A.I. Borrás, A. Barranco, A.R. González-Elipe
Langmuir, 24 (2008) 8021-8026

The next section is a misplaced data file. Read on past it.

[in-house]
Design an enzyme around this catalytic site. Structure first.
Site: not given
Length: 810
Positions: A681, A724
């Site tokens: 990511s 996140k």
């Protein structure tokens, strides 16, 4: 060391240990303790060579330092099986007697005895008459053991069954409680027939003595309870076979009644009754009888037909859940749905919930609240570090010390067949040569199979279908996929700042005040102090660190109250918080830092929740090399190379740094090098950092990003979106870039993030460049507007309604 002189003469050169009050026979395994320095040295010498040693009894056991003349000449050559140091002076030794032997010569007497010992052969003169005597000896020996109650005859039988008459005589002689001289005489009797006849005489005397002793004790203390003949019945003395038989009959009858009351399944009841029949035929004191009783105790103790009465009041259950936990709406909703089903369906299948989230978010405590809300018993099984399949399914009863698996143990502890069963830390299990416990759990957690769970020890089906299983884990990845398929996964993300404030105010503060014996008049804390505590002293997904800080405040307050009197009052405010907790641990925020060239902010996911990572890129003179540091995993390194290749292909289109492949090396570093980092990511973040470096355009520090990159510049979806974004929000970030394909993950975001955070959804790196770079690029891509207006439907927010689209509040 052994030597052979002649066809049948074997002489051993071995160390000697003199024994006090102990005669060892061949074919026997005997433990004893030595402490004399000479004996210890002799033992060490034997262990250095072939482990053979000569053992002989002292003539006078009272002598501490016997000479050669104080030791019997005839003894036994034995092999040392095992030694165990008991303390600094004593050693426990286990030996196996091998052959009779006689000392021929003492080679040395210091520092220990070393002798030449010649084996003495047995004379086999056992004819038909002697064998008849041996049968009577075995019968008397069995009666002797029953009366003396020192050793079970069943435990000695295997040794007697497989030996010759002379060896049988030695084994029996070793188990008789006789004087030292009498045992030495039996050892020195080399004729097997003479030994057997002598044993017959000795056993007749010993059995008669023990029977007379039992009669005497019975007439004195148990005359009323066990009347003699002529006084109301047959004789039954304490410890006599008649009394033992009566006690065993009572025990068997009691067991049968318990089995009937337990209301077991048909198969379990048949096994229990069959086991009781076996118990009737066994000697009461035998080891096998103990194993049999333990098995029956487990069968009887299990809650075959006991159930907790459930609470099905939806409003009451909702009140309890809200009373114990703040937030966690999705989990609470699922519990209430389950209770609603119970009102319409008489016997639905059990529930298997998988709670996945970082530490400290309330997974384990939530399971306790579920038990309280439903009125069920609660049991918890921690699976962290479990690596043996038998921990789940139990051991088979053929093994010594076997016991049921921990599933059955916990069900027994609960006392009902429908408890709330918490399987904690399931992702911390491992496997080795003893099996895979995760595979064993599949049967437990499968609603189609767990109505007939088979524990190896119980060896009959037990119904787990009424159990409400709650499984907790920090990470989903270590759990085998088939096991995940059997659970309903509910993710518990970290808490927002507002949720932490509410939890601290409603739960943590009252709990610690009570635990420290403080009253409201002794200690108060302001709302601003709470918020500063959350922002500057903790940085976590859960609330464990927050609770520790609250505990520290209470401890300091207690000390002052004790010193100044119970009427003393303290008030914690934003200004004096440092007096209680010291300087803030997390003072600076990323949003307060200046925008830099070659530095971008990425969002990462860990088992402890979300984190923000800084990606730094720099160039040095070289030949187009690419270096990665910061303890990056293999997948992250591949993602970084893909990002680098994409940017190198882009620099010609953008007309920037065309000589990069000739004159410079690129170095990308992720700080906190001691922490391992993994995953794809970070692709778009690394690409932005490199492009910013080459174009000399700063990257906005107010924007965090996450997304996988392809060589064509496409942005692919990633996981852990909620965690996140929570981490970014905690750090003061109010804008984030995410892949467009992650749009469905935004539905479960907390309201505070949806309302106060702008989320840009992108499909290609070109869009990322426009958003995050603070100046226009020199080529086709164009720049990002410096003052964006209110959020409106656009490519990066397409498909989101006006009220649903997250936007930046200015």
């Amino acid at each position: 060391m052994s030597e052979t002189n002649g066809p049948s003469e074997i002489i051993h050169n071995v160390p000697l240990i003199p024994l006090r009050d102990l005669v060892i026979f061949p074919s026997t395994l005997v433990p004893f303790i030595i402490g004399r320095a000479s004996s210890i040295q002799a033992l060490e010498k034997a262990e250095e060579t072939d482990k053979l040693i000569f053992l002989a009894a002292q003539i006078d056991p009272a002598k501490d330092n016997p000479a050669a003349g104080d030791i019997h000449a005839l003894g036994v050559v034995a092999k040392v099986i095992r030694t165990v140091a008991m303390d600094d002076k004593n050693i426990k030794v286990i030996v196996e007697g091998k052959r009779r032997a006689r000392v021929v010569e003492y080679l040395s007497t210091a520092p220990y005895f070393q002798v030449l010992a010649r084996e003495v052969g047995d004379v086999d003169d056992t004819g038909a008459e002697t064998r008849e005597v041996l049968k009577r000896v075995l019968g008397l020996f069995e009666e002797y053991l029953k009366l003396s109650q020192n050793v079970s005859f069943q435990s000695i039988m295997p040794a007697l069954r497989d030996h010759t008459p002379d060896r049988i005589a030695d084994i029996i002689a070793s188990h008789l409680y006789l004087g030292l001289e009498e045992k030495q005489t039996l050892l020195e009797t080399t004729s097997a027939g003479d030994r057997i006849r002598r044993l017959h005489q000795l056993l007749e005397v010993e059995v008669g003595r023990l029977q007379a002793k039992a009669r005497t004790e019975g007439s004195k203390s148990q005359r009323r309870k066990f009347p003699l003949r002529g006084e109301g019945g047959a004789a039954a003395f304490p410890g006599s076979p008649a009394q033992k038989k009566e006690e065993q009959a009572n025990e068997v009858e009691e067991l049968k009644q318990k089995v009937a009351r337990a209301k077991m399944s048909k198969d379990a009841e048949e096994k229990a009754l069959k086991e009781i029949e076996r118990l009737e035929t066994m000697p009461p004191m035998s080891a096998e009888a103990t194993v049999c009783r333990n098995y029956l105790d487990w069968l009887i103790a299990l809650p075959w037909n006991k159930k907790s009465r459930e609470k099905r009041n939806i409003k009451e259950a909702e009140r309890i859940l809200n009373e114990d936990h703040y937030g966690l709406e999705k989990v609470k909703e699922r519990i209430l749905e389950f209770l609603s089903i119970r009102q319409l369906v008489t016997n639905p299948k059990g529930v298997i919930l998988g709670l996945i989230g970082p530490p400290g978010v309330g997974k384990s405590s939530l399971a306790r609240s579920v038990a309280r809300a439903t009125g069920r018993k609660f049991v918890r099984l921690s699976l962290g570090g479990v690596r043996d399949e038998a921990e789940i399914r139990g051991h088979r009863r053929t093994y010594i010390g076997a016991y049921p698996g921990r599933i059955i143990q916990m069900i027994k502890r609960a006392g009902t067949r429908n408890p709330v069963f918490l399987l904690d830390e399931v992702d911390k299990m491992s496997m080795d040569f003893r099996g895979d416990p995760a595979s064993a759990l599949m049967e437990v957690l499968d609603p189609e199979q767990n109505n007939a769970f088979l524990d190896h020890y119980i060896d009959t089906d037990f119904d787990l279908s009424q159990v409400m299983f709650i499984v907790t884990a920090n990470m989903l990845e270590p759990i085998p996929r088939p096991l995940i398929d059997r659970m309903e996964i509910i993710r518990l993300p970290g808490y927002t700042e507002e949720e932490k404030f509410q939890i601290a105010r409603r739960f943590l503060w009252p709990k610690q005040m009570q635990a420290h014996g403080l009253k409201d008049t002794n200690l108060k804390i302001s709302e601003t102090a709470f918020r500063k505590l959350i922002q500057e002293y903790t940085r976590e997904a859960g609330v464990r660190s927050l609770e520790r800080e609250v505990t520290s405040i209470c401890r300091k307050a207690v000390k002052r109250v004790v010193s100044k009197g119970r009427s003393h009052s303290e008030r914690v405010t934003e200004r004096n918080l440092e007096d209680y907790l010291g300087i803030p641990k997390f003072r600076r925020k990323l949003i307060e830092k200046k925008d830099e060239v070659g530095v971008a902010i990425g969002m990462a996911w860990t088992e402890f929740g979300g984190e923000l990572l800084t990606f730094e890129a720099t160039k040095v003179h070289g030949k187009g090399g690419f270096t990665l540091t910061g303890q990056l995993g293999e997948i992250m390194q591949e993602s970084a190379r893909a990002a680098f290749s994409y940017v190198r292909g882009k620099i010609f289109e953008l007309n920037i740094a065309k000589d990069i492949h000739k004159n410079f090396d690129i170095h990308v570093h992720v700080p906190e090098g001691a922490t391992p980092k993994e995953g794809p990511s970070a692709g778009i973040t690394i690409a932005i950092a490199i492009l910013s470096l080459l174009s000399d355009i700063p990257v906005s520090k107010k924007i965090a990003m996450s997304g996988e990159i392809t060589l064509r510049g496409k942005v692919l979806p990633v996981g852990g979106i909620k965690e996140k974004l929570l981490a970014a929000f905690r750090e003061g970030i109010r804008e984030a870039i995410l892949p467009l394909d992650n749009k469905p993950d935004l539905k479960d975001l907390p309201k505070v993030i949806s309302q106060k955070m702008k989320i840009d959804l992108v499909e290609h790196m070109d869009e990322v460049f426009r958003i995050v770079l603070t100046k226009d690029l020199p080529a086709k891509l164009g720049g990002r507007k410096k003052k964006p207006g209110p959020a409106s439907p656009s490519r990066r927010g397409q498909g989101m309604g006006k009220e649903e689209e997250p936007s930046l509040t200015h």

A new type of superhydrophobic material consisting of a surface with supported Ag@TiO2 core−shell nanofibers has been prepared at low temperature by plasma-enhanced chemical vapor deposition (PECVD). The fibers are formed by an inner nanocrystalline silver thread which is covered by a TiO2 overlayer. Water contact angles depend on the width of the fibers and on their surface concentration, reaching a maximum wetting angle close to 180° for a surface concentration of ∼15 fibers µm−2 and a thickness of 200 nm. When irradiated with UV light, these surfaces become superhydrophilic (i.e., 0° contact angle). The decrease rate of the contact angle depends on both the crystalline state of the titania and on the size of the individual TiO2domains covering the fibers. To the best of our knowledge, this is one of the few examples existing in the literature where a superhydrophobic surface transforms reversibly into a superhydrophilic one as an effect of light irradiation.